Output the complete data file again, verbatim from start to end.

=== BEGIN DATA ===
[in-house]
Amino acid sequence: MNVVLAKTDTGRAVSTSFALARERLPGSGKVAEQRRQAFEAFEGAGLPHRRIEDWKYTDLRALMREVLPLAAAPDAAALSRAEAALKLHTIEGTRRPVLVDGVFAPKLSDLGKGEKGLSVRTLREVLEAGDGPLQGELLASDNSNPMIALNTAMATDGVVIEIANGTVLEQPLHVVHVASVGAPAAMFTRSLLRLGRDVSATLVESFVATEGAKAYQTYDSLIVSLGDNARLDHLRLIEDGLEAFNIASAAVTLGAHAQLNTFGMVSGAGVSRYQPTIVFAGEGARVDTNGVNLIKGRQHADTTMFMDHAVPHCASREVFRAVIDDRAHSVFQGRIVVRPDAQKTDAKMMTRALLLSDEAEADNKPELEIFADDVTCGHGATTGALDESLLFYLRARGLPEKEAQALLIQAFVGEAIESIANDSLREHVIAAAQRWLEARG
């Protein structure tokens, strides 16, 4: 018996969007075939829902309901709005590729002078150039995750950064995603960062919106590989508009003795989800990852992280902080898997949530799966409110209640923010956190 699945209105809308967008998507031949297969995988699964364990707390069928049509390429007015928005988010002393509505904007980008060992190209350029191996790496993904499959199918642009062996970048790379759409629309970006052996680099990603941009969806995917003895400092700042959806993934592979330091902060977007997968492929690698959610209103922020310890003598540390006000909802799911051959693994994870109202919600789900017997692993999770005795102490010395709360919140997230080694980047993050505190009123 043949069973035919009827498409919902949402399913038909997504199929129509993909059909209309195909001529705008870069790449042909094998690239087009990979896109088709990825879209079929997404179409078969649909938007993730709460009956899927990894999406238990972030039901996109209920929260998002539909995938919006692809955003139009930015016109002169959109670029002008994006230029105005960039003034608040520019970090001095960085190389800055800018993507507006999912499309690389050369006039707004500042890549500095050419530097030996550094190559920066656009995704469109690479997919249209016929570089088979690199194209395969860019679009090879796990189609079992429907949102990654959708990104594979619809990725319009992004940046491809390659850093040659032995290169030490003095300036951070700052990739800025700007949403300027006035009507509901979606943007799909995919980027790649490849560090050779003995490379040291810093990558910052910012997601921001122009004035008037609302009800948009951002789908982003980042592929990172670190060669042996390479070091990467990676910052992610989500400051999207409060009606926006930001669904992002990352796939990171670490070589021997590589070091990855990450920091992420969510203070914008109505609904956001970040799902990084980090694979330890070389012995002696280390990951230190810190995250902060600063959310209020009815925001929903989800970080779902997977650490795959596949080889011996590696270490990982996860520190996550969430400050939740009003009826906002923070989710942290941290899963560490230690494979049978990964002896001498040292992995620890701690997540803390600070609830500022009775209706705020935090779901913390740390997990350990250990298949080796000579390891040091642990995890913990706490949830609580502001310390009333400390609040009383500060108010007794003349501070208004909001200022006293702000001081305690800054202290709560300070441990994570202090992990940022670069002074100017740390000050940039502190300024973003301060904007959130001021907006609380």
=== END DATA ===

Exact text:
[in-house]
Amino acid sequence: MNVVLAKTDTGRAVSTSFALARERLPGSGKVAEQRRQAFEAFEGAGLPHRRIEDWKYTDLRALMREVLPLAAAPDAAALSRAEAALKLHTIEGTRRPVLVDGVFAPKLSDLGKGEKGLSVRTLREVLEAGDGPLQGELLASDNSNPMIALNTAMATDGVVIEIANGTVLEQPLHVVHVASVGAPAAMFTRSLLRLGRDVSATLVESFVATEGAKAYQTYDSLIVSLGDNARLDHLRLIEDGLEAFNIASAAVTLGAHAQLNTFGMVSGAGVSRYQPTIVFAGEGARVDTNGVNLIKGRQHADTTMFMDHAVPHCASREVFRAVIDDRAHSVFQGRIVVRPDAQKTDAKMMTRALLLSDEAEADNKPELEIFADDVTCGHGATTGALDESLLFYLRARGLPEKEAQALLIQAFVGEAIESIANDSLREHVIAAAQRWLEARG
């Protein structure tokens, strides 16, 4: 018996969007075939829902309901709005590729002078150039995750950064995603960062919106590989508009003795989800990852992280902080898997949530799966409110209640923010956190 699945209105809308967008998507031949297969995988699964364990707390069928049509390429007015928005988010002393509505904007980008060992190209350029191996790496993904499959199918642009062996970048790379759409629309970006052996680099990603941009969806995917003895400092700042959806993934592979330091902060977007997968492929690698959610209103922020310890003598540390006000909802799911051959693994994870109202919600789900017997692993999770005795102490010395709360919140997230080694980047993050505190009123 043949069973035919009827498409919902949402399913038909997504199929129509993909059909209309195909001529705008870069790449042909094998690239087009990979896109088709990825879209079929997404179409078969649909938007993730709460009956899927990894999406238990972030039901996109209920929260998002539909995938919006692809955003139009930015016109002169959109670029002008994006230029105005960039003034608040520019970090001095960085190389800055800018993507507006999912499309690389050369006039707004500042890549500095050419530097030996550094190559920066656009995704469109690479997919249209016929570089088979690199194209395969860019679009090879796990189609079992429907949102990654959708990104594979619809990725319009992004940046491809390659850093040659032995290169030490003095300036951070700052990739800025700007949403300027006035009507509901979606943007799909995919980027790649490849560090050779003995490379040291810093990558910052910012997601921001122009004035008037609302009800948009951002789908982003980042592929990172670190060669042996390479070091990467990676910052992610989500400051999207409060009606926006930001669904992002990352796939990171670490070589021997590589070091990855990450920091992420969510203070914008109505609904956001970040799902990084980090694979330890070389012995002696280390990951230190810190995250902060600063959310209020009815925001929903989800970080779902997977650490795959596949080889011996590696270490990982996860520190996550969430400050939740009003009826906002923070989710942290941290899963560490230690494979049978990964002896001498040292992995620890701690997540803390600070609830500022009775209706705020935090779901913390740390997990350990250990298949080796000579390891040091642990995890913990706490949830609580502001310390009333400390609040009383500060108010007794003349501070208004909001200022006293702000001081305690800054202290709560300070441990994570202090992990940022670069002074100017740390000050940039502190300024973003301060904007959130001021907006609380």